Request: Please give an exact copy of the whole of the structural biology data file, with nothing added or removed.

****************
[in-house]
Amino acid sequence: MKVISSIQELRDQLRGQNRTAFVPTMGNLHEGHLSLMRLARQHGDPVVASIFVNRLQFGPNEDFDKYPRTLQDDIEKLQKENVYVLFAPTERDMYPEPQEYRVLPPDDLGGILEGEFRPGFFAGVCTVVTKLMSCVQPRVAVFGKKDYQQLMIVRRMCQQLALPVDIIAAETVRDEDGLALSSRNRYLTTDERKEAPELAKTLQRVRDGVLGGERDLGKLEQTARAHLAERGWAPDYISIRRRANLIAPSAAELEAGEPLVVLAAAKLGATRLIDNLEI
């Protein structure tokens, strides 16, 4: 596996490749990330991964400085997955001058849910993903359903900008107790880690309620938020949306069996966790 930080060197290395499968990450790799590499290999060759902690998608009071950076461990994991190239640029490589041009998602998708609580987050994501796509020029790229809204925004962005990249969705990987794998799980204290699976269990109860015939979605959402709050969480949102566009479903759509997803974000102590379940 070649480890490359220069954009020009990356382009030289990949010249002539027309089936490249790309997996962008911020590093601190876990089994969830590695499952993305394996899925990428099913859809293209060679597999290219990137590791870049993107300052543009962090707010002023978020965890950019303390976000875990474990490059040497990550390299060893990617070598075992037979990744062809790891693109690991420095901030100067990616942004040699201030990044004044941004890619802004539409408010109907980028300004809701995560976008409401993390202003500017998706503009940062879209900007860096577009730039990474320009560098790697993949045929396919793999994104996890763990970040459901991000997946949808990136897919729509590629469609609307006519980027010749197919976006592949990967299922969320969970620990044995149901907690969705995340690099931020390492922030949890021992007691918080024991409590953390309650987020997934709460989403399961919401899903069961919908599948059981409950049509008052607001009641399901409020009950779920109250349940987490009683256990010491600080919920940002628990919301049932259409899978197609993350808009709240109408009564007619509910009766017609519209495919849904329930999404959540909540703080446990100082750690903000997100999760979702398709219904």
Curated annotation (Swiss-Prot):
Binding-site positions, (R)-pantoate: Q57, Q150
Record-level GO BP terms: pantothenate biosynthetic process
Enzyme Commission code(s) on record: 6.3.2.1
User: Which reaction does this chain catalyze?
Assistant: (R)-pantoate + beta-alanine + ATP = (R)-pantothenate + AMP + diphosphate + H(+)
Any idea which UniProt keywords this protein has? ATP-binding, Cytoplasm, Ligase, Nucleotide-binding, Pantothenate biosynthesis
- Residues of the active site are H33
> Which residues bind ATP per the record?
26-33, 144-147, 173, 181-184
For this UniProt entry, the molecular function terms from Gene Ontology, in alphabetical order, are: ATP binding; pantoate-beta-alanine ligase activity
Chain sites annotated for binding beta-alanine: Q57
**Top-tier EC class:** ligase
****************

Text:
[in-house]
Amino acid sequence: MKVISSIQELRDQLRGQNRTAFVPTMGNLHEGHLSLMRLARQHGDPVVASIFVNRLQFGPNEDFDKYPRTLQDDIEKLQKENVYVLFAPTERDMYPEPQEYRVLPPDDLGGILEGEFRPGFFAGVCTVVTKLMSCVQPRVAVFGKKDYQQLMIVRRMCQQLALPVDIIAAETVRDEDGLALSSRNRYLTTDERKEAPELAKTLQRVRDGVLGGERDLGKLEQTARAHLAERGWAPDYISIRRRANLIAPSAAELEAGEPLVVLAAAKLGATRLIDNLEI
């Protein structure tokens, strides 16, 4: 596996490749990330991964400085997955001058849910993903359903900008107790880690309620938020949306069996966790 930080060197290395499968990450790799590499290999060759902690998608009071950076461990994991190239640029490589041009998602998708609580987050994501796509020029790229809204925004962005990249969705990987794998799980204290699976269990109860015939979605959402709050969480949102566009479903759509997803974000102590379940 070649480890490359220069954009020009990356382009030289990949010249002539027309089936490249790309997996962008911020590093601190876990089994969830590695499952993305394996899925990428099913859809293209060679597999290219990137590791870049993107300052543009962090707010002023978020965890950019303390976000875990474990490059040497990550390299060893990617070598075992037979990744062809790891693109690991420095901030100067990616942004040699201030990044004044941004890619802004539409408010109907980028300004809701995560976008409401993390202003500017998706503009940062879209900007860096577009730039990474320009560098790697993949045929396919793999994104996890763990970040459901991000997946949808990136897919729509590629469609609307006519980027010749197919976006592949990967299922969320969970620990044995149901907690969705995340690099931020390492922030949890021992007691918080024991409590953390309650987020997934709460989403399961919401899903069961919908599948059981409950049509008052607001009641399901409020009950779920109250349940987490009683256990010491600080919920940002628990919301049932259409899978197609993350808009709240109408009564007619509910009766017609519209495919849904329930999404959540909540703080446990100082750690903000997100999760979702398709219904």
Curated annotation (Swiss-Prot):
Binding-site positions, (R)-pantoate: Q57, Q150
Record-level GO BP terms: pantothenate biosynthetic process
Enzyme Commission code(s) on record: 6.3.2.1
User: Which reaction does this chain catalyze?
Assistant: (R)-pantoate + beta-alanine + ATP = (R)-pantothenate + AMP + diphosphate + H(+)
Any idea which UniProt keywords this protein has? ATP-binding, Cytoplasm, Ligase, Nucleotide-binding, Pantothenate biosynthesis
- Residues of the active site are H33
> Which residues bind ATP per the record?
26-33, 144-147, 173, 181-184
For this UniProt entry, the molecular function terms from Gene Ontology, in alphabetical order, are: ATP binding; pantoate-beta-alanine ligase activity
Chain sites annotated for binding beta-alanine: Q57
**Top-tier EC class:** ligase